Results tagged “Gilberto Simoni” from spare cycles

It was a great stage for Astana today. Paolo Savoldelli took the victory while teammate Eddy Mazzoleni took second and moved onto the overall podium. Savoldelli had to give up his overall hopes fairly early in this Giro but quickly transitioned into helping Mazzoleni slowly climb up the standings. Today was the culmination of those efforts as Astana will be on the podium in Milan.

Simoni was unable to defend his spot but Di Luca had no problem holding off Schleck. Schleck put in an excellent sixth-place finish, but not even Savoldelli's finishing time would have been enough to bump Di Luca. Di Luca was able to give a celebratory arm pump on the finishing straight, knowing that all the critics who said he would fade in the second half were dead wrong.

David Zabriskie put in a solid third place effort on the day, unable to best Astana's effort. Zabriskie was hampered by rainy conditions on the latter half of his run, but Savoldelli bested all of his intermediate times from start to finish.

Giro Stage 17: Gibo takes Zoncolan


It was an amazing ride by the trio of Simoni, Schleck, and Piepoli. Piepoli dug deep for Gibo and the two were able to burn Schleck on the final straight. Piepoli got to salute another teammate across the line, showing that he really deserves that green jersey that he's been sporting. Their break was able to get a gap on Di Luca and Cunego, but at the finish it looked like it was only half a minute. The better gap was on Mazzoleni, who lost his podium spot to make room for Simoni. Andy Schleck is now the surprise second place.

Simoni may not with this Giro but he was finally able to take the stage win instead of watching from the two second places he had on Stage 12 and 14. The Saunier Duval trio of Gibo, Piepoli, and Ricco have rocked the climbs with stage wins for all of them.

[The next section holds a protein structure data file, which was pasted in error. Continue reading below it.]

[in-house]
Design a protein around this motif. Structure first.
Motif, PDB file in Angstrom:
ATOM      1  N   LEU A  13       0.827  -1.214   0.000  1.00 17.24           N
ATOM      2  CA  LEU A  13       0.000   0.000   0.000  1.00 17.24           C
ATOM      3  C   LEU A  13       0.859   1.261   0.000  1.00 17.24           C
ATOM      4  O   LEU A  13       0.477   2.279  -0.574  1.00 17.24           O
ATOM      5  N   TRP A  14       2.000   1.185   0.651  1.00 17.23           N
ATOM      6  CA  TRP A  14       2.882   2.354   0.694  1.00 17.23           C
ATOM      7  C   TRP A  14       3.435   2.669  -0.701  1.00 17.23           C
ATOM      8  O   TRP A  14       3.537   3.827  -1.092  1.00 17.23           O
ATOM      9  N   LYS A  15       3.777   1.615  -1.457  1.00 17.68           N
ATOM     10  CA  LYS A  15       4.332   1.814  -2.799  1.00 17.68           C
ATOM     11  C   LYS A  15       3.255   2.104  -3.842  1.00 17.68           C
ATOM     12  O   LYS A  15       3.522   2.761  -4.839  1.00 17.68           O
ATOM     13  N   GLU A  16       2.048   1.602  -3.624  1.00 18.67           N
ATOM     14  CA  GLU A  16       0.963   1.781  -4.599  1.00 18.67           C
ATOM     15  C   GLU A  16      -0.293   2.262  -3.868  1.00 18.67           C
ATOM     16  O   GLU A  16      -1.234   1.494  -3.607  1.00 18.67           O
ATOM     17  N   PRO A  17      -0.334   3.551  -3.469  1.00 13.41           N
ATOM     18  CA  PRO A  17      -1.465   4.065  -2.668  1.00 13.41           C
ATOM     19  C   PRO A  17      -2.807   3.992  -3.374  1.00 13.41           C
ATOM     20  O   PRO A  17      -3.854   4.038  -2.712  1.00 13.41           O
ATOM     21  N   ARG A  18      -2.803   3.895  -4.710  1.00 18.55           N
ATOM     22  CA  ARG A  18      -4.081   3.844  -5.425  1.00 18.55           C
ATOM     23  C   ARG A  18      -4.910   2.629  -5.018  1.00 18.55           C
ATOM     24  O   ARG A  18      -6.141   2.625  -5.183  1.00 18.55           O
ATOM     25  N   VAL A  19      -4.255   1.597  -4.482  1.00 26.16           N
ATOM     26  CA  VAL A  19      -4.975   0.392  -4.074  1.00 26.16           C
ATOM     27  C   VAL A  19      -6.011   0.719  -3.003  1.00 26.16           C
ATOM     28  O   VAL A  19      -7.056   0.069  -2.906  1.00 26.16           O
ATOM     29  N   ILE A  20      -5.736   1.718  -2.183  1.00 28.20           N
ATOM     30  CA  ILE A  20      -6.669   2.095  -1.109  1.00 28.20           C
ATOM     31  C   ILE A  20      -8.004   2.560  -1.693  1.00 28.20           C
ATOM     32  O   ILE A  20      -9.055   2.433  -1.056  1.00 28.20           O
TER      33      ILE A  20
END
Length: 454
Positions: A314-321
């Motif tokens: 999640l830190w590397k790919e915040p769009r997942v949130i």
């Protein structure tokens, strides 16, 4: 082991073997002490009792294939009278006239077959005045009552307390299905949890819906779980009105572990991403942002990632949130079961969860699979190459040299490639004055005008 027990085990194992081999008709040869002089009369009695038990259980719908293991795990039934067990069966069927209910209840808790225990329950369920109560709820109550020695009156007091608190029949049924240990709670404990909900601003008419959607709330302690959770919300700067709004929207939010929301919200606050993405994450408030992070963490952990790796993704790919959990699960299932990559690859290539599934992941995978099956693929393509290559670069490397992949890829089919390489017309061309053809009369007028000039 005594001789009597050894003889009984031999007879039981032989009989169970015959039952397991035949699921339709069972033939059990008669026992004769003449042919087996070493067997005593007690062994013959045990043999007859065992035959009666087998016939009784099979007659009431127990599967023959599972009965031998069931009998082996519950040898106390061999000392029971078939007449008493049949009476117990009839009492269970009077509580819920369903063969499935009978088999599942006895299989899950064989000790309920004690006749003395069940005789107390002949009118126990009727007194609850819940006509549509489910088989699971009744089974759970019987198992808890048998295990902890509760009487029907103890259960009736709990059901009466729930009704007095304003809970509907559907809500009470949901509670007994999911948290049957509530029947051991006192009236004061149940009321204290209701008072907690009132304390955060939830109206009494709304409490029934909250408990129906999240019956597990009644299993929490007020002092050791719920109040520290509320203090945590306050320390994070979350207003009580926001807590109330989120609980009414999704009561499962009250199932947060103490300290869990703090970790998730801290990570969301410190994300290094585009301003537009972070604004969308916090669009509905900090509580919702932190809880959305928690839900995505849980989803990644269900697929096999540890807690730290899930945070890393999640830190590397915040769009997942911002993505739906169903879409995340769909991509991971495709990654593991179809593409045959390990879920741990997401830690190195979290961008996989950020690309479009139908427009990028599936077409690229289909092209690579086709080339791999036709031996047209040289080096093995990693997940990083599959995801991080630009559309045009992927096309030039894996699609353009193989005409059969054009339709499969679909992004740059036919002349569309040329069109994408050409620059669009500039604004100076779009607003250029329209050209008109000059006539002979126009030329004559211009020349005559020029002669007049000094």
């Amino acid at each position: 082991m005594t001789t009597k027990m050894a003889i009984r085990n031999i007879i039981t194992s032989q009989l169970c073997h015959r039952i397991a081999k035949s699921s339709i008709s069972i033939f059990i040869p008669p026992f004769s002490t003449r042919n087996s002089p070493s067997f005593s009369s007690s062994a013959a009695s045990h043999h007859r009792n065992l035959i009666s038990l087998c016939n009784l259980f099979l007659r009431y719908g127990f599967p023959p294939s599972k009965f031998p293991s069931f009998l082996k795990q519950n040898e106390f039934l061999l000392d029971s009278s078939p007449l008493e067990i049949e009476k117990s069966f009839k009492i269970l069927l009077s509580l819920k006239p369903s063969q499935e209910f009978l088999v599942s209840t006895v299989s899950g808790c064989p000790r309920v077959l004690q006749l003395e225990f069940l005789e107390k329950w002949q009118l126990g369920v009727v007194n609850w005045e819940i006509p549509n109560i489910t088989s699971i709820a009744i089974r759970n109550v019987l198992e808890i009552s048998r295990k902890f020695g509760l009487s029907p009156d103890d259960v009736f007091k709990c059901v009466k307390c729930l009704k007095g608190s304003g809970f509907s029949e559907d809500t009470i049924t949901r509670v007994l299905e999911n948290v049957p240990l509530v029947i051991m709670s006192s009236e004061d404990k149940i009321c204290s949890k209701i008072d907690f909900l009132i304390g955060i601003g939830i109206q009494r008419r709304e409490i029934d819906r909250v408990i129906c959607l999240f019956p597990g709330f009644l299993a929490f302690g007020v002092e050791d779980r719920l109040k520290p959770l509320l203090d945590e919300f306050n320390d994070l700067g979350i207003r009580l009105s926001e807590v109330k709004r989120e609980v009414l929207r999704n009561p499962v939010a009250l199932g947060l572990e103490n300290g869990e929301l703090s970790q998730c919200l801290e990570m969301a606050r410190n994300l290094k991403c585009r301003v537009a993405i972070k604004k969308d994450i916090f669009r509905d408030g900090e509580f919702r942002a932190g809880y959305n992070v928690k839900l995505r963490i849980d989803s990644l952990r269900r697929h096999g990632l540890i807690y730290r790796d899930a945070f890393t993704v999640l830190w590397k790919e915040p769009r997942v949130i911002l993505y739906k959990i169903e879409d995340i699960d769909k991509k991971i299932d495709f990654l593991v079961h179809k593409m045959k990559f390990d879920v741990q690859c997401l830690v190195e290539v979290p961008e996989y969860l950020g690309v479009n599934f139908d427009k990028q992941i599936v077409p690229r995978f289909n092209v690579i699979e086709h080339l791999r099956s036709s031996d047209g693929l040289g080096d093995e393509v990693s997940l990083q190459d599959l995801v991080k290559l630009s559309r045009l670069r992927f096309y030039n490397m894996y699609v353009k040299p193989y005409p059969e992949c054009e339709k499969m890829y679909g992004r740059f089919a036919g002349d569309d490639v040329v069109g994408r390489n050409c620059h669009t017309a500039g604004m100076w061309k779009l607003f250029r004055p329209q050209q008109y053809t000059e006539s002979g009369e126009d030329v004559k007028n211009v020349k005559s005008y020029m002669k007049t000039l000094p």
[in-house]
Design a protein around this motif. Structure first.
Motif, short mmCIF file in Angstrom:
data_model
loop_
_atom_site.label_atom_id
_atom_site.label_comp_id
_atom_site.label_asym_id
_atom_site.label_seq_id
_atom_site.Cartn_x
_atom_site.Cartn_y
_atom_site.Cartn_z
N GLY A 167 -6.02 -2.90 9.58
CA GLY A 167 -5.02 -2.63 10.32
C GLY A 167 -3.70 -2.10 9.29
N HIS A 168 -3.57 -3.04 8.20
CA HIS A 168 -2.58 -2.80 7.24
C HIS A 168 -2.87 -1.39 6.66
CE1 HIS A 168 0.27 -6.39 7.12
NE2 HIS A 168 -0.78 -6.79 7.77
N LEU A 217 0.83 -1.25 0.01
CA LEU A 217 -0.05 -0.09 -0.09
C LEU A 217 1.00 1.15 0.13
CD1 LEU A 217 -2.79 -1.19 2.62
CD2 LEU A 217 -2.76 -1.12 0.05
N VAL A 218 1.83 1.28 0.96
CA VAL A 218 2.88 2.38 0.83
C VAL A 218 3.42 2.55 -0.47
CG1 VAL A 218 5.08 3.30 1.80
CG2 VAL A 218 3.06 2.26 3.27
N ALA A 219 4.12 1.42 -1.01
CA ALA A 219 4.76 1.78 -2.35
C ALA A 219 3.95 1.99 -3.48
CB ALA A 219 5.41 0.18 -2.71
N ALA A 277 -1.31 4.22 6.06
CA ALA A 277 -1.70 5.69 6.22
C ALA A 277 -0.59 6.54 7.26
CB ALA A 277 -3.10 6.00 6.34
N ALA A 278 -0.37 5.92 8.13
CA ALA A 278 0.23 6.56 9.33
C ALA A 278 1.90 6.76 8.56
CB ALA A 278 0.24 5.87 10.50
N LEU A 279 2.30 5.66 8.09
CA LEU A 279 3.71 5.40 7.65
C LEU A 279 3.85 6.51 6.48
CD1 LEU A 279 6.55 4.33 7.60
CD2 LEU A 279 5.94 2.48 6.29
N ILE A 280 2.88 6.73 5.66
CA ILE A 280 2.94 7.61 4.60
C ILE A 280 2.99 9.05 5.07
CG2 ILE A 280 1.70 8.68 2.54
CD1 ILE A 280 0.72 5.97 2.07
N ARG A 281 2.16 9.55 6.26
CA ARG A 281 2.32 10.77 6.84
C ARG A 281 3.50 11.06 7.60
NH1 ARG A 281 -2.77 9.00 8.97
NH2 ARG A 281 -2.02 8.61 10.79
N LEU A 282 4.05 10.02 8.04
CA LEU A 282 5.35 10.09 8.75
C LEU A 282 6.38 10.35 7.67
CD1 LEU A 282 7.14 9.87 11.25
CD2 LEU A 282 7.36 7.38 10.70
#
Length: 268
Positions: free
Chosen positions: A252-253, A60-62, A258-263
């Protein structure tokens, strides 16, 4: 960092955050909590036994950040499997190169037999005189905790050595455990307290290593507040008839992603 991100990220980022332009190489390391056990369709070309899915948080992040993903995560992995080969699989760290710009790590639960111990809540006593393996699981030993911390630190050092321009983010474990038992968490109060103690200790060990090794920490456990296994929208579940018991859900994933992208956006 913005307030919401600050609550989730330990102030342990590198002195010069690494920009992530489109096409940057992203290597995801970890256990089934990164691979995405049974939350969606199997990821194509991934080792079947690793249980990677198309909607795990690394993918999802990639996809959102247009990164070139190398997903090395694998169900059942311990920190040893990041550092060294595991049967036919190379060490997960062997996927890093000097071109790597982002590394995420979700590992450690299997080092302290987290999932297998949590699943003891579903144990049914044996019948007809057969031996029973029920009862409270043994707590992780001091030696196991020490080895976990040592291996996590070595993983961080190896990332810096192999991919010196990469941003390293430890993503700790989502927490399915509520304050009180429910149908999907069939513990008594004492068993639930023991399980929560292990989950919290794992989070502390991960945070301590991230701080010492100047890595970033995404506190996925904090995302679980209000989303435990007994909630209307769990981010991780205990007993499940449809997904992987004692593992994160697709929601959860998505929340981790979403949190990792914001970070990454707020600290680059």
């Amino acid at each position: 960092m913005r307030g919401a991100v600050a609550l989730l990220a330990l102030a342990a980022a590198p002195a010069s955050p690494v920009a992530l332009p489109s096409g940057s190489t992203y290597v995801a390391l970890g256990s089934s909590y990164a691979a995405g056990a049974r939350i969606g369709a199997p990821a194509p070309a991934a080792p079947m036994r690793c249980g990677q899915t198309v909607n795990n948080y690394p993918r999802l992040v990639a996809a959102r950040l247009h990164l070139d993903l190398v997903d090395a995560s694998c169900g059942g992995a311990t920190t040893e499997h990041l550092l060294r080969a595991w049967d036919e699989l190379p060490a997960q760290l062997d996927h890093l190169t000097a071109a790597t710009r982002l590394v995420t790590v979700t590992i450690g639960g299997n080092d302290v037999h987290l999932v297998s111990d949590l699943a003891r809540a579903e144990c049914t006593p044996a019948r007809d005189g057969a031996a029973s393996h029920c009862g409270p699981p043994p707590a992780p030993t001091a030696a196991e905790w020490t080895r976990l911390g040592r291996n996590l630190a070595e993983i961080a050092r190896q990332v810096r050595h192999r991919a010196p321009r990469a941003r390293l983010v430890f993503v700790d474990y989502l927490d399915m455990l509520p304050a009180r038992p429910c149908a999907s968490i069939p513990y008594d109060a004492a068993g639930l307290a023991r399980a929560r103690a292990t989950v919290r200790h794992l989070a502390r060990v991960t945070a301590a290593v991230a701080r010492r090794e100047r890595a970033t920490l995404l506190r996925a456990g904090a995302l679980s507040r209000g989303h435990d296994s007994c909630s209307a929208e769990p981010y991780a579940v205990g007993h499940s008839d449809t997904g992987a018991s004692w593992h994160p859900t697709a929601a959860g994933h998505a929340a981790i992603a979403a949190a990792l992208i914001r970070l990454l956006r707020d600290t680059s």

TiVo screwed up my planned viewing of the Versus recap, so I'm pretty bummed. I got to catch the early coverage of Stage 14 before I headed off to do a TT -- it was already shaping up to be the most exciting stage of the Giro. I was a bit suprised that a breakaway of that caliber (Bettini, Simoni, Savoldelli, Schleck, Parra, Garzelli, Mayo, Mazzoleni, Rubiera, etc...) could not get even a minute on Di Luca at the finish, but I think it's a sign of how dominant Di Luca has been (with help from Cunego/Lampre). Simoni made the most of the break and gained 0:50 on Di Luca, but he didn't get the stage win as Garzelli caught him on the line... with the help of a TV motorcycle draft.

Saunier Duval tried to continue the attack on Di Luca into Stage 15, but their leader Simoni cracked before Di Luca and Simoni was kind enough to tell his strong teammates to go and take the stage instead of limit Simoni's losses in the overall. A 1-2 finish on the hardest stage of the Giro is a quality achievement for Saunier Duval even if Simoni wiped out his time gains from Stage 14.

stage profile

I didn't get to watch this one as my TiVo didn't pick it up, but here's what I gather from the various summaries out there:

  • US Postal put Spanish teammate Manuel Beltran up front in a breakaway. Beltran even got to be the virtual leader of the tour on the stage 14 course that briefly winds into Spain
  • Vinokourov and Mayo took advantage of the Armstrong/Ullrich competition to make big time gains, especially Vinokourov who snagged 43" to move 18" behind Armstrong in the GC. Ullrich and Armstrong worked together on the descent to try and chase the lead group.
  • Big-mouth-no-game rider Simoni got a stage win, which is a small redemption for his pre-tour statements.
  • Virenque rode up front (2nd place finish) and has almost closed up the King of the Mountains competition.


stage profile

lance armstrong photo by graham watsonVirenque gets to finish with two jerseys on his shoulders, which is a nice gift for his countrymen. He gunned through the stage and picked up both the Maillot Jeune (02' 37" in front of Armstrong overall) and the King of the Mountain.

Today was most interesting for me in who didn't finish, namely Petacchi who dropped out very early in the race after winning four of the previous six stages. With Petacchi dropping out so early I wish that they had let Cipo into the race so that the two sprinters could have duked it out. Also interesting was Botero and Simoni being broken on the climb, and Tyler Hamilton (broken collarbone) NOT being broken and gunning through.